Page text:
It’s been a tough year so far with one thing and another. There really was no need for a global killer pandemic on top of being bullied and publically slandered, losing the desperately needed house I’d searched for for 5 years, and spending months being bitten by vampire bugs while I slept. Add the final stages of the menopause to the mix, not to mention all my pre-existing health bollocks and my 8 years of non-stop caring duties, and I think I’ve earned my recent mini melt-down. When it got to the stage where I started to cry the second I opened my eyes each morning, however, I knew I was in trouble and something had to change.
I’m usually pretty good at giving myself a rallying pep talk, re-aligning my state of mind and counting my blessings, but the past couple of months I’ve just been too tired. Way, wayyyyy too tired. Instead, I did something rare for me and reached out to other people. Admitted I was struggling. Hoped for some loving support and guidance. I might as well have put my mental health in a blender.
I told my GP, not for the first time, that I was struggling and feeling overwhelmed in a recent written review I have to do each year for my insurance company. Being as though I call her by her first name, she’s been my GP for years and she knows how strong I usually am, I thought she might at least be concerned enough to pick the phone up and speak to me. Just to check I wasn’t going to slit my wrists in the bath. Turns out all the lovely caring doctors you see on the telly are just actors and the ones in real life don’t give a shit.
I reached out to my disabled friend, to tell him how stressed, overwhelmed and exhausted I was. And he told me to cheer the fuck up and get over it. Helpful! And needless to say we are no longer friends.
I told my ‘nice’ neighbours and friends of 16 years that I was really struggling with all the increases in noise where we live, particularly as I’ve been feeling so exhausted and it was affecting my ability to sleep, and was told it didn’t bother them, the world can’t stop turning for me and to basically get over myself. I’m no longer friends with them either, particularly as I was crying when I was telling them because I felt so down and unwell.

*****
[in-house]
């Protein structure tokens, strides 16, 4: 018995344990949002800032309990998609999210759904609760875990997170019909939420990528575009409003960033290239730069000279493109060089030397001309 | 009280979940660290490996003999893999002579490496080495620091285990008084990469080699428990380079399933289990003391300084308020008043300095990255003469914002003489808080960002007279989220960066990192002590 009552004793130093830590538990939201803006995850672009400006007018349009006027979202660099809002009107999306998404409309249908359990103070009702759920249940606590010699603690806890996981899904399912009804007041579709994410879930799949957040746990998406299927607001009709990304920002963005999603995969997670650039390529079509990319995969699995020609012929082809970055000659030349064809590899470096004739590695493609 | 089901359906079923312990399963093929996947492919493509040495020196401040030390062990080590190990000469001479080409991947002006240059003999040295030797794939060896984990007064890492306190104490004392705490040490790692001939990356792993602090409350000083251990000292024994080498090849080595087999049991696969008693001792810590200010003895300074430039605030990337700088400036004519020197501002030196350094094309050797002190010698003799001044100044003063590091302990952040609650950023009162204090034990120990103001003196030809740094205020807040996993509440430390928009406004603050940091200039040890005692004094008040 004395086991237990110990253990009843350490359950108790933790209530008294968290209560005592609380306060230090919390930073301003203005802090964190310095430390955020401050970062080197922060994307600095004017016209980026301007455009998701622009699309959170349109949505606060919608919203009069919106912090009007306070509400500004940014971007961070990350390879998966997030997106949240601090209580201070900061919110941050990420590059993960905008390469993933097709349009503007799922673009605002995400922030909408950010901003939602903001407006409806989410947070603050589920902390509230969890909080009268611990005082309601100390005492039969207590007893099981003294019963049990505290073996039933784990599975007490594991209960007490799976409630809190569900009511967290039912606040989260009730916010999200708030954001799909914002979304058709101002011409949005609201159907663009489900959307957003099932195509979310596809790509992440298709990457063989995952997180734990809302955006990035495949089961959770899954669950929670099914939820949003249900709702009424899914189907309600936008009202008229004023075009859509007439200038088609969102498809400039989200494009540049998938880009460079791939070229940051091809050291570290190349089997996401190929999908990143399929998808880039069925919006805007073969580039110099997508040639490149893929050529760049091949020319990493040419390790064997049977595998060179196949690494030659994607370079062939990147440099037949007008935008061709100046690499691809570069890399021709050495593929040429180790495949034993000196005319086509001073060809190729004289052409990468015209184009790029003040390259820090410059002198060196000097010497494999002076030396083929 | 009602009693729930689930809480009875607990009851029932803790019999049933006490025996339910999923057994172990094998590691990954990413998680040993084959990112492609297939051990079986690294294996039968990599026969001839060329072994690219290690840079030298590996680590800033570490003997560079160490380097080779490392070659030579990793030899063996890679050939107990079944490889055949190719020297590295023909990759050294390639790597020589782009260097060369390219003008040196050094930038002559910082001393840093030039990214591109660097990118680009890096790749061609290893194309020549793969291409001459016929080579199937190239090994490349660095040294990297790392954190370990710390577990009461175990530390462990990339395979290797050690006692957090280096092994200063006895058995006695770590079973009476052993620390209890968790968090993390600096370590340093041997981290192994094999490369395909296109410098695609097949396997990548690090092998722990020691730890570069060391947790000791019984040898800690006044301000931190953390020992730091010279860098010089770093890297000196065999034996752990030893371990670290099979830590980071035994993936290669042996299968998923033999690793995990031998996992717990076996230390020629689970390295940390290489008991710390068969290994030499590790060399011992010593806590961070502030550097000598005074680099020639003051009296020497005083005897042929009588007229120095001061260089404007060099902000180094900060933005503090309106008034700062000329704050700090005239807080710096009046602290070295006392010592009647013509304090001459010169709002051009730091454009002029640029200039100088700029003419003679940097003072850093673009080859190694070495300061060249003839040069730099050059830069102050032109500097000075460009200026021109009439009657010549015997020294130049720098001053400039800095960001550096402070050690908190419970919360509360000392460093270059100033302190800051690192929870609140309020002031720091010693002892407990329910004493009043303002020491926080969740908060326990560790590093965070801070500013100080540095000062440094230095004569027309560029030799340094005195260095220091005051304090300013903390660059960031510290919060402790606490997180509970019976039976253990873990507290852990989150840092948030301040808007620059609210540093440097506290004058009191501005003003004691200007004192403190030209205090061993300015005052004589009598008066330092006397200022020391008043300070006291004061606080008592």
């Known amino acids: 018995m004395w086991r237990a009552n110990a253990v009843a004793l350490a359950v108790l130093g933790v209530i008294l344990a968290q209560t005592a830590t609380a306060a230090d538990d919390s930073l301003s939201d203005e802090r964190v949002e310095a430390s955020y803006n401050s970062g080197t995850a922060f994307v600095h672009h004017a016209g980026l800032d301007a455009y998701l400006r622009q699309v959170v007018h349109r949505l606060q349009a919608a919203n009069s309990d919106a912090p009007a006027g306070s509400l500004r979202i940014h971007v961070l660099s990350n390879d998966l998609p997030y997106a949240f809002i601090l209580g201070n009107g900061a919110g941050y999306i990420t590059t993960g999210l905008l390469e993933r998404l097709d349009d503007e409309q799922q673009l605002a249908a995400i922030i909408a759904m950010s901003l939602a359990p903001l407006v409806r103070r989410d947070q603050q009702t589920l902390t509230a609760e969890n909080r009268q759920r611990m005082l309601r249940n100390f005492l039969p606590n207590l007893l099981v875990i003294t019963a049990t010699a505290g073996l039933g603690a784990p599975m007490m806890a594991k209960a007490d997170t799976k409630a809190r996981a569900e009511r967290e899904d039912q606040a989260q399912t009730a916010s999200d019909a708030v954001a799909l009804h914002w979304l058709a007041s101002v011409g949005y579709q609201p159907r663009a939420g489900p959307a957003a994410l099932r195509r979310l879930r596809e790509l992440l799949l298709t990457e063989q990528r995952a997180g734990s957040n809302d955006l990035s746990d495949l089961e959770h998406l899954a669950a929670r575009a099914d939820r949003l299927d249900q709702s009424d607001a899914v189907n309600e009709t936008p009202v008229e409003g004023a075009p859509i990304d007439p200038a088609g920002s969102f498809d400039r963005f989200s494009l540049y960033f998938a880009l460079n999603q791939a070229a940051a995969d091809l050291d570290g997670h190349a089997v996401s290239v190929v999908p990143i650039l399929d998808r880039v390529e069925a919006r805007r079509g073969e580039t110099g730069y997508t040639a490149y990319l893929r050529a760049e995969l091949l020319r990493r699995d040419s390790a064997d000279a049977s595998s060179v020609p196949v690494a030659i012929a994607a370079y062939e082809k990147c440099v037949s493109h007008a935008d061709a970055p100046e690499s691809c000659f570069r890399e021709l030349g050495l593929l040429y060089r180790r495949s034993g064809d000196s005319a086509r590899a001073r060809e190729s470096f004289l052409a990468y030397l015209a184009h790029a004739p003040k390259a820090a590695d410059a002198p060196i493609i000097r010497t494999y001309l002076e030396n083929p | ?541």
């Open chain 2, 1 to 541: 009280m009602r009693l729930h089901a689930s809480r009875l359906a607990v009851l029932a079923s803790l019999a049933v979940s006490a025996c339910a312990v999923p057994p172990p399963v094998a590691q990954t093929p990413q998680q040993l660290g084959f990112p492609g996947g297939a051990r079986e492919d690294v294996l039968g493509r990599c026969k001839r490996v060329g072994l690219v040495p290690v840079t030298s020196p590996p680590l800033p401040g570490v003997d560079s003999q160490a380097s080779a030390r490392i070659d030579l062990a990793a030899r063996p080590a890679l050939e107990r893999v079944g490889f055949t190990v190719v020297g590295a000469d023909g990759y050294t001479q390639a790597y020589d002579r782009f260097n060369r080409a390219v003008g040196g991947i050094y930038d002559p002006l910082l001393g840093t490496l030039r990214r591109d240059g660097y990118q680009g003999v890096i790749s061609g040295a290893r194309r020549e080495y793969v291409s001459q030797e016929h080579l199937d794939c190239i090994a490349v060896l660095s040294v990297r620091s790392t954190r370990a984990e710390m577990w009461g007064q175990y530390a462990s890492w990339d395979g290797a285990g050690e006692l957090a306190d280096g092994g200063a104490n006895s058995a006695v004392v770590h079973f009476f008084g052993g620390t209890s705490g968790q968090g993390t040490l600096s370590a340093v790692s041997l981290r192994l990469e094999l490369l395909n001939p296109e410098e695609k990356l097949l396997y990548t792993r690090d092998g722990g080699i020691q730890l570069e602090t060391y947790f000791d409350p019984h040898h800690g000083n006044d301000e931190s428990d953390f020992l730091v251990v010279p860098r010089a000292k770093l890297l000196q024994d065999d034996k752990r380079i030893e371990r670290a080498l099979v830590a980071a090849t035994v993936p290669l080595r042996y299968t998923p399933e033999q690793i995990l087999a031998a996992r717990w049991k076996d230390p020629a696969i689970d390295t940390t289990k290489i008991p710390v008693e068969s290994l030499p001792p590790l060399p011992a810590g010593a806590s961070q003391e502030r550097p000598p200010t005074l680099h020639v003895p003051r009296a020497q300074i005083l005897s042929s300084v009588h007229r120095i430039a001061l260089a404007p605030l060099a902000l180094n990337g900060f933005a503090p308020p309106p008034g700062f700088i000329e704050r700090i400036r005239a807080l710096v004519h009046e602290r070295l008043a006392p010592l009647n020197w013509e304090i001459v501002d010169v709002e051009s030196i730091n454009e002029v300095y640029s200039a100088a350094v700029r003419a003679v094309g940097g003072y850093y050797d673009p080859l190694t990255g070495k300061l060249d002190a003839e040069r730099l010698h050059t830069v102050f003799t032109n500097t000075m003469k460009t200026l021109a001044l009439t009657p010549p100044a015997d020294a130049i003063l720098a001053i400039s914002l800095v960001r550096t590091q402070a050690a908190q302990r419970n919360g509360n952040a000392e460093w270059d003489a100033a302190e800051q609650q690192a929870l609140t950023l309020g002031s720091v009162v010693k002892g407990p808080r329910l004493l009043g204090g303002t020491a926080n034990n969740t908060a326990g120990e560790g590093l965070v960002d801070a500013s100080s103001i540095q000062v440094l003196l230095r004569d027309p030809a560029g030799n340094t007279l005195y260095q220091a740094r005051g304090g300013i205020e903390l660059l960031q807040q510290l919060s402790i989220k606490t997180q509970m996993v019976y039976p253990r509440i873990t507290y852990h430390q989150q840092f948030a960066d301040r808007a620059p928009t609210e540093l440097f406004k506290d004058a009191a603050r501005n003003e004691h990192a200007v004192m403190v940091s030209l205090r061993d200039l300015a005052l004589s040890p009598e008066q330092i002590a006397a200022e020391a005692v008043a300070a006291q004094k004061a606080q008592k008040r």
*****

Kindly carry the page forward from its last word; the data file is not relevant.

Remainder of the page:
I’ve also written several posts here on my blog recently about how low I’m feeling and out of 900 followers less than 10 people have reached out to me. So to Melody, Guinevere, Livvy, Eirlysgwenllian, Jane, Elaine, swinkie34, Jill and Daniel I have one thing to say……………… 🧡 🧡🧡🧡🧡. And to Linds and jen6girls “thank you from the bottom of my heart!” for offering (and in Linds case getting at huge cost to herself) me some famotidine. And to those of you who I know are going through stuff much, much worse than me (artfulblasphemer I think of you often) and are too unwell and exhausted to comment, I understand totally and send my love and hugs.
On the whole, though, the reaching out thing has been about as successful as Boris Johnson’s Covid response . On the plus side, not spending half an hour each day talking to my disabled friend on the phone to ease his loneliness plus half an hour each day talking to my ‘nice’ neighbours who are isolated due to Covid has freed up a whole hour of my time, so at least I’m managing to keep on top of my laundry.
I’ve discovered that it’s not that good to talk (only Brits will get the joke 😉) and it’s solely up to me to pull myself out of the mire – no change there and the story of my life. So I scraped up the energy to give myself the pep talk. To re-focus my intentions for my days. To raise my vibration. To keep moving forward by setting myself new goals and challenges. Which might involve me being substantially more selfish and which will come as a shock to most of the people around me who take my care of them, and the generous donation of my precious time and energy, for granted.
It’s at times when we feel at our most weak, that we have to be our most strong. Onward and upward Warriors!